“He’s really doing everything you can do,” manager Terry Francona said Wednesday. “We’ll get to the point where we will start to do things (about the roster)…There is a time to start saying things about guy…and he has done a really good job.”

Carl Crawford and Scott Van Slyke to platoon
In the wake of an injury to Andre Ethier, the Dodgers will likely platoon Carl Crawford and Scott Van Slyke for the next 10-to-14 weeks. As luck would have it, I wrote about the fantasy relevance of this development yesterday.

Matt Bush and Justin Masterson
A couple of quick, quirky notes:

Matt Bush, the No. 1 pick in 2004, was released from prison in October and signed by the Rangers over the winter. It’s unlikely the 30-year-old is in the team’s major league plans, as he hasn’t pitched in the minors since 2011, but he registered heat ranging from 95-97 MPH in his first action since incarceration on Wednesday. That’s…something, I guess? Ugh.

Justin Masterson is also throwing, but not until Monday in Phoenix, per Jon Heyman. Masterson hasn’t been good since 2013. In fact, he’s been downright bad, and he wasn’t especially great in 2012, either. But anyone with a starting rotation spot is worth keeping an eye on, and Masterson, who’s reportedly pain-free, may be able to sell that snake oil.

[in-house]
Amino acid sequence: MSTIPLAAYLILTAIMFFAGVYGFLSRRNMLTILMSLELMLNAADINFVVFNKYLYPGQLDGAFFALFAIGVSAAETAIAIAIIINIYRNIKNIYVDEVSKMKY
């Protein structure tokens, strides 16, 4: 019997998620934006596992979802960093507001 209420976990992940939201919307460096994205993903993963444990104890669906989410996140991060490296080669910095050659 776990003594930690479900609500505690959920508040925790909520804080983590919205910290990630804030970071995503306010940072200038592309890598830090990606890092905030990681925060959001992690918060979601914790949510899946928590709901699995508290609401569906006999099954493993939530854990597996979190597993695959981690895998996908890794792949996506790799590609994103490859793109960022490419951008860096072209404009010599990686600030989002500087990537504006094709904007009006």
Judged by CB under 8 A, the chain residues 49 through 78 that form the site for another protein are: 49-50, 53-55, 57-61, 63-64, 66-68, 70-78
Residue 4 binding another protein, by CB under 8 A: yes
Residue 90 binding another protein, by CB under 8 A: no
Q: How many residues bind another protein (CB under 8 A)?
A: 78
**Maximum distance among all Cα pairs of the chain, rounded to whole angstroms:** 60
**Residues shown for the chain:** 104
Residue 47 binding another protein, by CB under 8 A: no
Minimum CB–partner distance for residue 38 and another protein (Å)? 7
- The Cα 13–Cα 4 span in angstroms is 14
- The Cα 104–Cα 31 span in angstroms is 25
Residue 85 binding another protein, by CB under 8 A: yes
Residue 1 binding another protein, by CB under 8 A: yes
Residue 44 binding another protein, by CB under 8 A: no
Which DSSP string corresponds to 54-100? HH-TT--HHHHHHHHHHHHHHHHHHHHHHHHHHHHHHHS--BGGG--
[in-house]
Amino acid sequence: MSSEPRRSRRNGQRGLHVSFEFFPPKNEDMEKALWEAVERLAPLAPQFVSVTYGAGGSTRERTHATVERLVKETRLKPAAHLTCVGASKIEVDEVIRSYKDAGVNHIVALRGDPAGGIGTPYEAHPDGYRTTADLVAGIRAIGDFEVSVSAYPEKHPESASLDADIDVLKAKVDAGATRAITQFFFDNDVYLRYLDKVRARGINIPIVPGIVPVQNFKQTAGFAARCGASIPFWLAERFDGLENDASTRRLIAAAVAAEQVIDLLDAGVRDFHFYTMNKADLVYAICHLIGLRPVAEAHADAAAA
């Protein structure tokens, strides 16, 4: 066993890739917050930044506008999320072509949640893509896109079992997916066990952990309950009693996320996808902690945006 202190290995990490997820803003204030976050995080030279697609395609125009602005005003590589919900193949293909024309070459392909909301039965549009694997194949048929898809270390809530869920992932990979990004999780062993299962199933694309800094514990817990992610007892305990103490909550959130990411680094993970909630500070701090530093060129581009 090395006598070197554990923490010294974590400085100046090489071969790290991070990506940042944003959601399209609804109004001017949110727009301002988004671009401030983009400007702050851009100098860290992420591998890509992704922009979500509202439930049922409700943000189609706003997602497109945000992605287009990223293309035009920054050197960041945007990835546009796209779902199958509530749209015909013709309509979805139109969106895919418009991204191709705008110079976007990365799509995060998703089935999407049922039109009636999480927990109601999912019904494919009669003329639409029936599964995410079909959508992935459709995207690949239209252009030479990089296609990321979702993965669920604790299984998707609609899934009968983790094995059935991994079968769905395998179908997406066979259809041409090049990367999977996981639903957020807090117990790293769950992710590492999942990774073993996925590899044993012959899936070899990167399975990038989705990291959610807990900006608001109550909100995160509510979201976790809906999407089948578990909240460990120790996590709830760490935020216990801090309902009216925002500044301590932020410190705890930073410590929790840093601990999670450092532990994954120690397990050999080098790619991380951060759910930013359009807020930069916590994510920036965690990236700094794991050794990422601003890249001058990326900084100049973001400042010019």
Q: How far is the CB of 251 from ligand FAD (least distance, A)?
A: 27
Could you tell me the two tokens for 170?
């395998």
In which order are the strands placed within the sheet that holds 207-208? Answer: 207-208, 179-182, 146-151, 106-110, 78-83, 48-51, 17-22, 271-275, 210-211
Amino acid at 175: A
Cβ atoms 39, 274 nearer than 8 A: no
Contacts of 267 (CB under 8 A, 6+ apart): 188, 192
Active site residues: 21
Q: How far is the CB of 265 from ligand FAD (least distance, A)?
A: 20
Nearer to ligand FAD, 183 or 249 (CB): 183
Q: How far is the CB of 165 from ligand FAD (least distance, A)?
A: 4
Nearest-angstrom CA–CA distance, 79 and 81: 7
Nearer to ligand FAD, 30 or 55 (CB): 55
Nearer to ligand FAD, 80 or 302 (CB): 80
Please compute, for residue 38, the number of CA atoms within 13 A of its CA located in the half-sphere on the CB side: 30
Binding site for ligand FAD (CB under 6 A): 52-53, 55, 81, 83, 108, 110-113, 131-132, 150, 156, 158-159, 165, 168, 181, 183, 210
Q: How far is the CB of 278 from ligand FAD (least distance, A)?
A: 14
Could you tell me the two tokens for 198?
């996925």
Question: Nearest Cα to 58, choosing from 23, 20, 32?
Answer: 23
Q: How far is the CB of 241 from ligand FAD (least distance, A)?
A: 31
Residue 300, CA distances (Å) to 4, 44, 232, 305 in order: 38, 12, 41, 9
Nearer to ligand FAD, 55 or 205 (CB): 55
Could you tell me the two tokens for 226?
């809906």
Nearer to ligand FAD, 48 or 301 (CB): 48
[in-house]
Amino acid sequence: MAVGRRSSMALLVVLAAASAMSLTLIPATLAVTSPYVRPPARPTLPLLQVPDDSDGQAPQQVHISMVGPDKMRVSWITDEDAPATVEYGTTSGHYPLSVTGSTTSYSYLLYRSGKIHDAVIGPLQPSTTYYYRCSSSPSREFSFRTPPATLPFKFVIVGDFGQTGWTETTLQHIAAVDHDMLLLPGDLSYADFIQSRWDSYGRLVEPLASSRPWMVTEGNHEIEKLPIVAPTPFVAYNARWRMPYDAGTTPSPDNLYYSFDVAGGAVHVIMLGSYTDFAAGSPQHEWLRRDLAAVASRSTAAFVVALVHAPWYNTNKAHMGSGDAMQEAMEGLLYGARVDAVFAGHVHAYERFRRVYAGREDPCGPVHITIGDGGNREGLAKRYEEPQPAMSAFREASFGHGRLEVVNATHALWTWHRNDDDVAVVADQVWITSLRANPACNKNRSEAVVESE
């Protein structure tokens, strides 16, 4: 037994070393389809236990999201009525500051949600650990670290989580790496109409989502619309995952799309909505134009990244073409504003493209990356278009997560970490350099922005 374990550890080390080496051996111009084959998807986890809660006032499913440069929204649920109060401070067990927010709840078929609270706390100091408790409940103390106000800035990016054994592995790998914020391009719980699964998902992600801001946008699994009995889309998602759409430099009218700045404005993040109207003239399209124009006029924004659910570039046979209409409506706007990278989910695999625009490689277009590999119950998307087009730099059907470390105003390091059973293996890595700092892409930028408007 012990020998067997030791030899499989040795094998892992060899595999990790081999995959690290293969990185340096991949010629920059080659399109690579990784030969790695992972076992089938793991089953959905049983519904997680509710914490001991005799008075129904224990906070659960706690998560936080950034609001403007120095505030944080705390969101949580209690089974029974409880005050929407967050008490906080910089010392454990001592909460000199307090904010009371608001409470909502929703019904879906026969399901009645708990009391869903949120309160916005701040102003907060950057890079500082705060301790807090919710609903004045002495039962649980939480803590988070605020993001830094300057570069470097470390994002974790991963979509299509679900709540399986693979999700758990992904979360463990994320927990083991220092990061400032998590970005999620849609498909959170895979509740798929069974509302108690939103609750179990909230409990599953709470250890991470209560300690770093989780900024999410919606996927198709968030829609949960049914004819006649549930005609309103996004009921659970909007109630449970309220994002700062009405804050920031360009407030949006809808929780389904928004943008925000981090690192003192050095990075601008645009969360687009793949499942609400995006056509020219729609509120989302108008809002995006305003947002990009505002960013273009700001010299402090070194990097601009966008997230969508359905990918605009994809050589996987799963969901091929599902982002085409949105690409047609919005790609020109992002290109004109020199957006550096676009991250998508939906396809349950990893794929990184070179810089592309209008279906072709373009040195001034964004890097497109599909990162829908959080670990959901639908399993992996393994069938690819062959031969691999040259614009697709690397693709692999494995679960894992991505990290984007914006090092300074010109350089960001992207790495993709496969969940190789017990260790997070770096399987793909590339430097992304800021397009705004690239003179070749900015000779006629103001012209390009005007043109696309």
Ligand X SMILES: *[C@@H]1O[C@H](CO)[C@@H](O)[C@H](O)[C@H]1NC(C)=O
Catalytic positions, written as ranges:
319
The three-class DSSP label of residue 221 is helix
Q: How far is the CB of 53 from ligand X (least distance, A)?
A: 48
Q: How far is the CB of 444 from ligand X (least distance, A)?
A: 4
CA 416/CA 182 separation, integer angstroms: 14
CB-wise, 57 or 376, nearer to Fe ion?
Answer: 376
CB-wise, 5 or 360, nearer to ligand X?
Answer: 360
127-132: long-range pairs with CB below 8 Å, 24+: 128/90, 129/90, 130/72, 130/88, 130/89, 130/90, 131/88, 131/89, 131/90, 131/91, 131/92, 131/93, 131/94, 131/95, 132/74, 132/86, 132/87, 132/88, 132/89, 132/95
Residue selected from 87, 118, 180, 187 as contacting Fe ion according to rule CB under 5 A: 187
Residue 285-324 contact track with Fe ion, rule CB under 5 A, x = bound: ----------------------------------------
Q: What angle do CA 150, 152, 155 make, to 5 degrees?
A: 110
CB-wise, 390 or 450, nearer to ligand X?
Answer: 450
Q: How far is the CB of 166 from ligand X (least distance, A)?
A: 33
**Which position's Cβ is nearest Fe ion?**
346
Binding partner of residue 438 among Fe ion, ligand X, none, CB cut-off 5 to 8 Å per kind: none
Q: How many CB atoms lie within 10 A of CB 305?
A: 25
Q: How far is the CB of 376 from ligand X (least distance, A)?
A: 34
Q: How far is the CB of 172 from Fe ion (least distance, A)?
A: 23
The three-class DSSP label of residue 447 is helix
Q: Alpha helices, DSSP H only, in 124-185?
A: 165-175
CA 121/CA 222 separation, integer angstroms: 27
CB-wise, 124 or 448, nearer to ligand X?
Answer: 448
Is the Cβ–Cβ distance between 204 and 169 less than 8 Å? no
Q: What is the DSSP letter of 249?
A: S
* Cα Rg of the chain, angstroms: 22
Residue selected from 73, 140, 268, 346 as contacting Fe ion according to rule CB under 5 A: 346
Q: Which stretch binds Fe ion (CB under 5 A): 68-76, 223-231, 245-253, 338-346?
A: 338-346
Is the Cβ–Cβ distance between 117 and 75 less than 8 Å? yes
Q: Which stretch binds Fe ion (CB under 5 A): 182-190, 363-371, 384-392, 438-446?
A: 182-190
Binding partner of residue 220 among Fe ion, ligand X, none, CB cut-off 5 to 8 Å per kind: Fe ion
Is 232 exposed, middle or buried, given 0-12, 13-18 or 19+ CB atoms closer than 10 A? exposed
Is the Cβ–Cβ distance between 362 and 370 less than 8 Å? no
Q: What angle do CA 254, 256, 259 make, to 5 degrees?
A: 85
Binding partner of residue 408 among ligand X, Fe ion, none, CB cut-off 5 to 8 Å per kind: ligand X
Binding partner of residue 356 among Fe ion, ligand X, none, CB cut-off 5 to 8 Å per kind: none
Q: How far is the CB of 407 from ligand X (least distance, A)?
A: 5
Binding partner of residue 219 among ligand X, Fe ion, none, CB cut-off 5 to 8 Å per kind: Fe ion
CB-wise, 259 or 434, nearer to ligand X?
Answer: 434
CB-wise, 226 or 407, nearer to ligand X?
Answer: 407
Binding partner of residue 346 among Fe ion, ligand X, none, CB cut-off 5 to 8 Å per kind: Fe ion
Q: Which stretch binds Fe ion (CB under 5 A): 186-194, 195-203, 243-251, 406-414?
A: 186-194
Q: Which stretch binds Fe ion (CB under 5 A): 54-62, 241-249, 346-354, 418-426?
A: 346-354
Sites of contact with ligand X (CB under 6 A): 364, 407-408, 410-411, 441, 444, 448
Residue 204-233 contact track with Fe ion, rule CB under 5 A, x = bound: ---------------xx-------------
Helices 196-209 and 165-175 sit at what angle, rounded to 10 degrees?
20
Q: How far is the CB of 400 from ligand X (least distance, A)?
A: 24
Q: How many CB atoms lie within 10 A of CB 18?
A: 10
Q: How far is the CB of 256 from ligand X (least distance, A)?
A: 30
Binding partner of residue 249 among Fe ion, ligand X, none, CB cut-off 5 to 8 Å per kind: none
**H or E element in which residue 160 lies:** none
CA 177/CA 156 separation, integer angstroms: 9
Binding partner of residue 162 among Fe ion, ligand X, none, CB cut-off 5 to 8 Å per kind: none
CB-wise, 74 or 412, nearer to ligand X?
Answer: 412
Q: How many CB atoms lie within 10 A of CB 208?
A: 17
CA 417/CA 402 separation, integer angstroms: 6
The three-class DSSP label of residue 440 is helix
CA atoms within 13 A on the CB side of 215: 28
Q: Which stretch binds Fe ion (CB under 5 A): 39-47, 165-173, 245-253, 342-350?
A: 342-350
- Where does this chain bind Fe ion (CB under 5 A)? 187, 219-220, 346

Blake Murphy is a freelance sportswriter based out of Toronto. Formerly of the Score, he's the managing editor at Raptors Republic and frequently pops up at Sportsnet, Vice, and around here. Follow him on Twitter @BlakeMurphyODC.

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baltic wolf
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baltic wolf

Outrage! Jered Weaver will tell you that he easily hits 69 MPH with his fastball!

Nice work. I think the Bush story deserves a little more attention; apparently the manager of the Rangers was quite impressed with his performance.